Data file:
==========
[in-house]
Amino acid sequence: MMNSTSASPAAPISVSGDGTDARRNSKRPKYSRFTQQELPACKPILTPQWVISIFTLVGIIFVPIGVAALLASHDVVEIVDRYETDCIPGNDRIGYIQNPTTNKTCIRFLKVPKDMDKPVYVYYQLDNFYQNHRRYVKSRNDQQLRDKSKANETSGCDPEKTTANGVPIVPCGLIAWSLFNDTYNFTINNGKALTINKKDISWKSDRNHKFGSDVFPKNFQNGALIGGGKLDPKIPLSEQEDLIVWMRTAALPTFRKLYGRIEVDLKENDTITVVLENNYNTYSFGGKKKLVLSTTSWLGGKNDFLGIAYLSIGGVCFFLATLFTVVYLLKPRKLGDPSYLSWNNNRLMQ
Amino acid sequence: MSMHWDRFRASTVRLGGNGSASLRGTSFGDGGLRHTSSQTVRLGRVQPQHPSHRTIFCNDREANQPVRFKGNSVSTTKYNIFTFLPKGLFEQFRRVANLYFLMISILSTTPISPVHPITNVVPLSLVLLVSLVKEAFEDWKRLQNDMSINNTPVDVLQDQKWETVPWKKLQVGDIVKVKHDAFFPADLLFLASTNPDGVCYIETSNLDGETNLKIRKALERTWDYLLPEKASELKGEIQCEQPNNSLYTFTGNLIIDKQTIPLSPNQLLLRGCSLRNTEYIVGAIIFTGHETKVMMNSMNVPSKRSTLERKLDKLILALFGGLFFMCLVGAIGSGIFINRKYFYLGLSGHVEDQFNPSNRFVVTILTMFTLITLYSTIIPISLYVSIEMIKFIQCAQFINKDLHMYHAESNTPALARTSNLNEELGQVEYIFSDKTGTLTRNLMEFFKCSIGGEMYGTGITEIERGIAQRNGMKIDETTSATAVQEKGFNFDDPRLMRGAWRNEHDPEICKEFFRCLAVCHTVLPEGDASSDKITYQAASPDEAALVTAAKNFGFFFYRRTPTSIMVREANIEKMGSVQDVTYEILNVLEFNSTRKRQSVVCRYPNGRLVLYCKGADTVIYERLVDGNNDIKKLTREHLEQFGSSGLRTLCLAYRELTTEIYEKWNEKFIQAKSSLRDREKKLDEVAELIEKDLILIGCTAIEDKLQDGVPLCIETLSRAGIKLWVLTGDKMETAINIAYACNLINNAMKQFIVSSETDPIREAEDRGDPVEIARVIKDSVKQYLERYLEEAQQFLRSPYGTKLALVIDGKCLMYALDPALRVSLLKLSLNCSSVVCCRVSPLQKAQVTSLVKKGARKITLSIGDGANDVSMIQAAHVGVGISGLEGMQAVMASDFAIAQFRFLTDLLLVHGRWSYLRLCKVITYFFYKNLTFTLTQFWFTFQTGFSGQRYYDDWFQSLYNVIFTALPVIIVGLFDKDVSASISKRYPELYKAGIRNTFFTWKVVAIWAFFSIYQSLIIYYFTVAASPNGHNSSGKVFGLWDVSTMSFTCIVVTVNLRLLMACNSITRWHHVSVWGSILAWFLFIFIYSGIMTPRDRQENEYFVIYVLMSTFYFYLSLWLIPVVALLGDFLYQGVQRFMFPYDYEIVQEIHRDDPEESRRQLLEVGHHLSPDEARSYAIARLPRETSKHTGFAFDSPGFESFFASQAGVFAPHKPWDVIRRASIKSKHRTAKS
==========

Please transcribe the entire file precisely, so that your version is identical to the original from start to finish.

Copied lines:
[in-house]
Amino acid sequence: MMNSTSASPAAPISVSGDGTDARRNSKRPKYSRFTQQELPACKPILTPQWVISIFTLVGIIFVPIGVAALLASHDVVEIVDRYETDCIPGNDRIGYIQNPTTNKTCIRFLKVPKDMDKPVYVYYQLDNFYQNHRRYVKSRNDQQLRDKSKANETSGCDPEKTTANGVPIVPCGLIAWSLFNDTYNFTINNGKALTINKKDISWKSDRNHKFGSDVFPKNFQNGALIGGGKLDPKIPLSEQEDLIVWMRTAALPTFRKLYGRIEVDLKENDTITVVLENNYNTYSFGGKKKLVLSTTSWLGGKNDFLGIAYLSIGGVCFFLATLFTVVYLLKPRKLGDPSYLSWNNNRLMQ
Amino acid sequence: MSMHWDRFRASTVRLGGNGSASLRGTSFGDGGLRHTSSQTVRLGRVQPQHPSHRTIFCNDREANQPVRFKGNSVSTTKYNIFTFLPKGLFEQFRRVANLYFLMISILSTTPISPVHPITNVVPLSLVLLVSLVKEAFEDWKRLQNDMSINNTPVDVLQDQKWETVPWKKLQVGDIVKVKHDAFFPADLLFLASTNPDGVCYIETSNLDGETNLKIRKALERTWDYLLPEKASELKGEIQCEQPNNSLYTFTGNLIIDKQTIPLSPNQLLLRGCSLRNTEYIVGAIIFTGHETKVMMNSMNVPSKRSTLERKLDKLILALFGGLFFMCLVGAIGSGIFINRKYFYLGLSGHVEDQFNPSNRFVVTILTMFTLITLYSTIIPISLYVSIEMIKFIQCAQFINKDLHMYHAESNTPALARTSNLNEELGQVEYIFSDKTGTLTRNLMEFFKCSIGGEMYGTGITEIERGIAQRNGMKIDETTSATAVQEKGFNFDDPRLMRGAWRNEHDPEICKEFFRCLAVCHTVLPEGDASSDKITYQAASPDEAALVTAAKNFGFFFYRRTPTSIMVREANIEKMGSVQDVTYEILNVLEFNSTRKRQSVVCRYPNGRLVLYCKGADTVIYERLVDGNNDIKKLTREHLEQFGSSGLRTLCLAYRELTTEIYEKWNEKFIQAKSSLRDREKKLDEVAELIEKDLILIGCTAIEDKLQDGVPLCIETLSRAGIKLWVLTGDKMETAINIAYACNLINNAMKQFIVSSETDPIREAEDRGDPVEIARVIKDSVKQYLERYLEEAQQFLRSPYGTKLALVIDGKCLMYALDPALRVSLLKLSLNCSSVVCCRVSPLQKAQVTSLVKKGARKITLSIGDGANDVSMIQAAHVGVGISGLEGMQAVMASDFAIAQFRFLTDLLLVHGRWSYLRLCKVITYFFYKNLTFTLTQFWFTFQTGFSGQRYYDDWFQSLYNVIFTALPVIIVGLFDKDVSASISKRYPELYKAGIRNTFFTWKVVAIWAFFSIYQSLIIYYFTVAASPNGHNSSGKVFGLWDVSTMSFTCIVVTVNLRLLMACNSITRWHHVSVWGSILAWFLFIFIYSGIMTPRDRQENEYFVIYVLMSTFYFYLSLWLIPVVALLGDFLYQGVQRFMFPYDYEIVQEIHRDDPEESRRQLLEVGHHLSPDEARSYAIARLPRETSKHTGFAFDSPGFESFFASQAGVFAPHKPWDVIRRASIKSKHRTAKS